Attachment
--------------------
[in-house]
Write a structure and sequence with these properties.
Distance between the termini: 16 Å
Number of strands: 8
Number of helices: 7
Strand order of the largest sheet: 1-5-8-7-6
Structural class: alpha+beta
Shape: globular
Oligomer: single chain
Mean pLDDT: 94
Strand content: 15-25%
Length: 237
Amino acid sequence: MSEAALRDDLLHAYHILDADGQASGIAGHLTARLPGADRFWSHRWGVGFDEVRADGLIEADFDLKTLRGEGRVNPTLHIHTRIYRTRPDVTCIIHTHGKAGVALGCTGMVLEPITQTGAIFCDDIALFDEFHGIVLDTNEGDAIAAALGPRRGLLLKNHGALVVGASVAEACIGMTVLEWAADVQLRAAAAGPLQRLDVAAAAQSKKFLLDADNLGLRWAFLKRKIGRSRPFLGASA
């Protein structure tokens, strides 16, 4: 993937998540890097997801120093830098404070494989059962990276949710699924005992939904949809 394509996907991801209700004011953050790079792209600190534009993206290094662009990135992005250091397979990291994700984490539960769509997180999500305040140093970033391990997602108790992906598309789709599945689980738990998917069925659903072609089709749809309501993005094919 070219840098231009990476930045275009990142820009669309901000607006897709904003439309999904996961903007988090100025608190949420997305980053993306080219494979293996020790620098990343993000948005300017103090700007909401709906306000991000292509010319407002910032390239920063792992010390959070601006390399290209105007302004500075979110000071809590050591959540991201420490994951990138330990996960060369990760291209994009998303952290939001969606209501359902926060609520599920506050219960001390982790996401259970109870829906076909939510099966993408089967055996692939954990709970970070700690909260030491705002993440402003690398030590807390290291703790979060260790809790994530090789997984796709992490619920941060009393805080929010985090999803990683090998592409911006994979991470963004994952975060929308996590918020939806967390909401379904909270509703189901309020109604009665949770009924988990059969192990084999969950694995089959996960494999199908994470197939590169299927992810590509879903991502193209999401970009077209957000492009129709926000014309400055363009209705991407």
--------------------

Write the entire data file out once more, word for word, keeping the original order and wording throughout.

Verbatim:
[in-house]
Write a structure and sequence with these properties.
Distance between the termini: 16 Å
Number of strands: 8
Number of helices: 7
Strand order of the largest sheet: 1-5-8-7-6
Structural class: alpha+beta
Shape: globular
Oligomer: single chain
Mean pLDDT: 94
Strand content: 15-25%
Length: 237
Amino acid sequence: MSEAALRDDLLHAYHILDADGQASGIAGHLTARLPGADRFWSHRWGVGFDEVRADGLIEADFDLKTLRGEGRVNPTLHIHTRIYRTRPDVTCIIHTHGKAGVALGCTGMVLEPITQTGAIFCDDIALFDEFHGIVLDTNEGDAIAAALGPRRGLLLKNHGALVVGASVAEACIGMTVLEWAADVQLRAAAAGPLQRLDVAAAAQSKKFLLDADNLGLRWAFLKRKIGRSRPFLGASA
């Protein structure tokens, strides 16, 4: 993937998540890097997801120093830098404070494989059962990276949710699924005992939904949809 394509996907991801209700004011953050790079792209600190534009993206290094662009990135992005250091397979990291994700984490539960769509997180999500305040140093970033391990997602108790992906598309789709599945689980738990998917069925659903072609089709749809309501993005094919 070219840098231009990476930045275009990142820009669309901000607006897709904003439309999904996961903007988090100025608190949420997305980053993306080219494979293996020790620098990343993000948005300017103090700007909401709906306000991000292509010319407002910032390239920063792992010390959070601006390399290209105007302004500075979110000071809590050591959540991201420490994951990138330990996960060369990760291209994009998303952290939001969606209501359902926060609520599920506050219960001390982790996401259970109870829906076909939510099966993408089967055996692939954990709970970070700690909260030491705002993440402003690398030590807390290291703790979060260790809790994530090789997984796709992490619920941060009393805080929010985090999803990683090998592409911006994979991470963004994952975060929308996590918020939806967390909401379904909270509703189901309020109604009665949770009924988990059969192990084999969950694995089959996960494999199908994470197939590169299927992810590509879903991502193209999401970009077209957000492009129709926000014309400055363009209705991407």